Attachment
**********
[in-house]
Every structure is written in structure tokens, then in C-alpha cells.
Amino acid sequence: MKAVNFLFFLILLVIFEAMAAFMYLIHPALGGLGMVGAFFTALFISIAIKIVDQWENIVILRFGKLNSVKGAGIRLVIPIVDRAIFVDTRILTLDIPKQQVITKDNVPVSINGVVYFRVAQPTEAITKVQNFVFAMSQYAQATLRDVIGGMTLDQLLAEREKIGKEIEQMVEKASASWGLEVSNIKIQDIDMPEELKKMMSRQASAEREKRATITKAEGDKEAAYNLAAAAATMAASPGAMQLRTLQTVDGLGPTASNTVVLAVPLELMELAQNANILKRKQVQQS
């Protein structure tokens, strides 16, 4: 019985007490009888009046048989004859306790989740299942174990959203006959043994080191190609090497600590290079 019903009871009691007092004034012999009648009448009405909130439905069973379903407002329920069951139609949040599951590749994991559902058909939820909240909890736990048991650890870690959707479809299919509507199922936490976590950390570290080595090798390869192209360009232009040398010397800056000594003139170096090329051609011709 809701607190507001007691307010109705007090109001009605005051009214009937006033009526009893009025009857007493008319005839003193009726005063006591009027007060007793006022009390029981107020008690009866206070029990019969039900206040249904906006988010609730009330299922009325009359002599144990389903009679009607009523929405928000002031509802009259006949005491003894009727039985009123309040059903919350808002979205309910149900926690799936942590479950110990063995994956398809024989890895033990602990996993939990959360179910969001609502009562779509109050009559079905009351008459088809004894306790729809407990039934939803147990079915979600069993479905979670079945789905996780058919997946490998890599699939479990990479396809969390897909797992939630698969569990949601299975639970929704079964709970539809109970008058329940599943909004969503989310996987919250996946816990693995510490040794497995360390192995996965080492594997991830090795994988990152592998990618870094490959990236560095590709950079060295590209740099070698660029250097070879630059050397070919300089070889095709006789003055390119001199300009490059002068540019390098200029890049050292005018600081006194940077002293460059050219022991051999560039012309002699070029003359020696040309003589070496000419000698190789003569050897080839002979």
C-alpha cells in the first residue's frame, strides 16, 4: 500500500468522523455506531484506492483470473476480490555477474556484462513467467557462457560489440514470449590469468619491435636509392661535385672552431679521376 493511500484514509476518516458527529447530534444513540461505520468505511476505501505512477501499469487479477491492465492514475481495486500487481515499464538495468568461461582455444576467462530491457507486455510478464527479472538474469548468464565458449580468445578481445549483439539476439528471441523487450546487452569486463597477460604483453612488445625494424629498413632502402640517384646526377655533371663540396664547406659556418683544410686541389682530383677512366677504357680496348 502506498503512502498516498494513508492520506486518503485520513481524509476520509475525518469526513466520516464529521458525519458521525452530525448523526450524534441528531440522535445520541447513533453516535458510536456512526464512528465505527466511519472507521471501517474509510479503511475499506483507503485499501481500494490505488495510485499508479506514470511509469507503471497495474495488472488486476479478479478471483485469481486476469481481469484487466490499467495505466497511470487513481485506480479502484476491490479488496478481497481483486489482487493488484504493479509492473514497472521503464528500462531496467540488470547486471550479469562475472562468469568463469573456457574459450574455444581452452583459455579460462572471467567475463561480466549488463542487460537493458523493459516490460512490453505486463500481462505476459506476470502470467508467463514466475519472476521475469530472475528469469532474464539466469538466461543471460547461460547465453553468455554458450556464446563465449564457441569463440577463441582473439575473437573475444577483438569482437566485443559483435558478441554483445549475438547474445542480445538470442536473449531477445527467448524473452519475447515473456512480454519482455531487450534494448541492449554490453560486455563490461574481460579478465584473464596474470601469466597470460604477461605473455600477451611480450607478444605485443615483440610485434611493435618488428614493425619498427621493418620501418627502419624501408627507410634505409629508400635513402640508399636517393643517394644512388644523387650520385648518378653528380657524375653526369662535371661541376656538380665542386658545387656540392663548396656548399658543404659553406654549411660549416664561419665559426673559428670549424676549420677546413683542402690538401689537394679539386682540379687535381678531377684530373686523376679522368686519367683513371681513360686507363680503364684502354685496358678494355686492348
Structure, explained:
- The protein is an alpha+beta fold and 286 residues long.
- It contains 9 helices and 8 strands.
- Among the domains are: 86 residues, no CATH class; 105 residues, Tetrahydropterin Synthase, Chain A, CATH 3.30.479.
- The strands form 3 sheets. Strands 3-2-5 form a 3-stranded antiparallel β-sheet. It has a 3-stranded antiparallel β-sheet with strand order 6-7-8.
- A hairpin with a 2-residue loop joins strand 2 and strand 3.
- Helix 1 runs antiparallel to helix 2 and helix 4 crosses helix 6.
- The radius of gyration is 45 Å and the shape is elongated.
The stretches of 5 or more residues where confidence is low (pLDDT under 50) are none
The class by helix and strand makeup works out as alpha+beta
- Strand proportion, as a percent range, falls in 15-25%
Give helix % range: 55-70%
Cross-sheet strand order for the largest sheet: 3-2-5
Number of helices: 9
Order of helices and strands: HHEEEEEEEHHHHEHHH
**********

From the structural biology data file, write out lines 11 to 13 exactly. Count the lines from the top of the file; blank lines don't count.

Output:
- A hairpin with a 2-residue loop joins strand 2 and strand 3.
- Helix 1 runs antiparallel to helix 2 and helix 4 crosses helix 6.
- The radius of gyration is 45 Å and the shape is elongated.